Pyongyang says keeping North Korea on US “terror” list a violation of deal.
In a statement, the North Korean foreign ministry said they were “compelled” to take countermeasures by suspending disablement work on August 14 because the US had “postponed” the terror de-listing.
It also said the government is planning to “consider soon a step to restore” the plutonium-producing facility at the Yongbyon nuclear complex but did not say when it would do so.
The statement came shortly after Hu Jintao, the Chinese president, left Seoul after summit talks with his South Korean counterpart, Lee Myung-bak, that included discussions on the North Korean nuclear issue.
But the US sees North Korea’s announcement as a bargaining tactic rather than an intention to restart its nuclear facilities.
On Tuesday, the US responded by saying that Pyongyang was “well aware” that it must first agree to a plan to verify the declared nuclear activities before being removed from its blacklist.
“It’s obviously something we view with great concern,” Robert Wood, a state department spokesman, said.
“It’s in violation of the commitments they’ve made in the six-party framework, and it’s clearly a step backward.”
Wood said US officials will discuss with China, Japan, South Korea and Russia, the other parties in the six-nation talks, about North Korea’s latest move but gave no details.
US nuclear experts are still monitoring the sites at North Korea’s Yongbyon nuclear plant.
|Parties to the nuclear pact want the nuclear disablement work to proceed [EPA]|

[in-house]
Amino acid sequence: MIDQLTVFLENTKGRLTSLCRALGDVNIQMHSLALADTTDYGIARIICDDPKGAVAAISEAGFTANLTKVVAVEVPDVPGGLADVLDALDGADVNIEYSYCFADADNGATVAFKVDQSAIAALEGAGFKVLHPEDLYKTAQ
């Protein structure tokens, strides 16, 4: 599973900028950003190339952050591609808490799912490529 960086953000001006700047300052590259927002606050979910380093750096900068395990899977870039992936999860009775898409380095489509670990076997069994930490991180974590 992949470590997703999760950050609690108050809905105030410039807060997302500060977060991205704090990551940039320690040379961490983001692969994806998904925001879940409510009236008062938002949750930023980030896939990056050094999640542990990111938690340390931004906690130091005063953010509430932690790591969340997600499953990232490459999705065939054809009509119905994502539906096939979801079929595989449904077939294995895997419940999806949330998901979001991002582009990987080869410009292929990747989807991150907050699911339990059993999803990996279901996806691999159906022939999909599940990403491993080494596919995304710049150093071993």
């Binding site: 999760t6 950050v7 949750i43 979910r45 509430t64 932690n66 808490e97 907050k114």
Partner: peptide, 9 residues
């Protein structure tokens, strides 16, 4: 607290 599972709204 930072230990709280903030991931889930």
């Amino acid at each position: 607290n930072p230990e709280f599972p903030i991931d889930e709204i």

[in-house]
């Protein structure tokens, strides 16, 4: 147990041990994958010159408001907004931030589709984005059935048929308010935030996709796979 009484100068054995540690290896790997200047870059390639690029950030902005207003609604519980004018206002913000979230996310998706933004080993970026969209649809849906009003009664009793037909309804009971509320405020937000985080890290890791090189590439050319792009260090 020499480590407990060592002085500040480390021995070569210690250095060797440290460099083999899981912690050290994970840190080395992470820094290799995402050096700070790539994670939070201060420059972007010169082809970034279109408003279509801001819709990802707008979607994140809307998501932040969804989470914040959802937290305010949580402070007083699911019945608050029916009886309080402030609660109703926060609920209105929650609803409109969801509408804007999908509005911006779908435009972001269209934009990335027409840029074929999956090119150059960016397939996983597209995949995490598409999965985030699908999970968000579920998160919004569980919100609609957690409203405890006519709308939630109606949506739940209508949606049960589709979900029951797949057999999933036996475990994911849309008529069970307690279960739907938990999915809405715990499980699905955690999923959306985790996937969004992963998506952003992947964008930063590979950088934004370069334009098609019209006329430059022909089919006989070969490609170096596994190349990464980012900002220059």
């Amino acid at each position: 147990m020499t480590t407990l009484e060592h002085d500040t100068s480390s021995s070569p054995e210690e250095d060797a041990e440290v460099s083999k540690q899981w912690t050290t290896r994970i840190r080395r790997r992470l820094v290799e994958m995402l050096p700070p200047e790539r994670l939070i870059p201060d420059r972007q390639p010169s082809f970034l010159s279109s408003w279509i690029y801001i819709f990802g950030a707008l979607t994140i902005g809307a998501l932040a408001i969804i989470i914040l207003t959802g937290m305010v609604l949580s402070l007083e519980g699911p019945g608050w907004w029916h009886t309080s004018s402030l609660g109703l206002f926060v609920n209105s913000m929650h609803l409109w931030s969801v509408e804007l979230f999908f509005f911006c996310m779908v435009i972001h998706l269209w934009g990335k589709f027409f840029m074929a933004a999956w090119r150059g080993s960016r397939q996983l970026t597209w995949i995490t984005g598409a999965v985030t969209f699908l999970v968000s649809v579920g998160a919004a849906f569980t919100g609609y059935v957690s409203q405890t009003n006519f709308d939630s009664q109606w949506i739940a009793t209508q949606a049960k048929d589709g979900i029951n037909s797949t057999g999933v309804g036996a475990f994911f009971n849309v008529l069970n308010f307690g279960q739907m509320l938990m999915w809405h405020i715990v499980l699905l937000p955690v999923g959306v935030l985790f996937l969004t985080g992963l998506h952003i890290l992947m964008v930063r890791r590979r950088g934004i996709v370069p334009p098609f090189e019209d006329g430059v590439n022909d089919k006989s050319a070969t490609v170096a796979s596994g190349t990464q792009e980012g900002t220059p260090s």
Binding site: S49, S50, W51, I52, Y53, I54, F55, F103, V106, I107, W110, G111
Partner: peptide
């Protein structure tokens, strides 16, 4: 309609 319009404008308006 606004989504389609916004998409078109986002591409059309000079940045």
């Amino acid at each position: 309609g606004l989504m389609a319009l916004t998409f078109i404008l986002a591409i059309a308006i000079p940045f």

Pyongyang’s move drew reaction from among the leaders of the six countries which are party to the talks.
“We are aware of such moves. We wish to have verification of the North’s account of its nuclear activities conducted steadily to lead toward the abandonment of nuclear weapons,” Yasuo Fukuda, the Japanese prime minister, said.
“From this perspective, we’d like to discuss the issue with related countries including the United States.”
Kim Sook, the South Korean nuclear envoy, said he hoped the North would quickly resume its denuclearisation process.
“At this time, when all nations are putting various efforts into the six-party talks to complete the second stage, I feel regret about the [North’s] statement,” he said.
In June, North Korea destroyed the cooling tower of the Yongbyon facility in a public demolition to demonstrate its commitment to scrapping its nuclear programme.
It began disabling the plutonium-producing facilities in November, but slowed the work over the dispute on how to verify the nuclear declaration it had handed over to the US.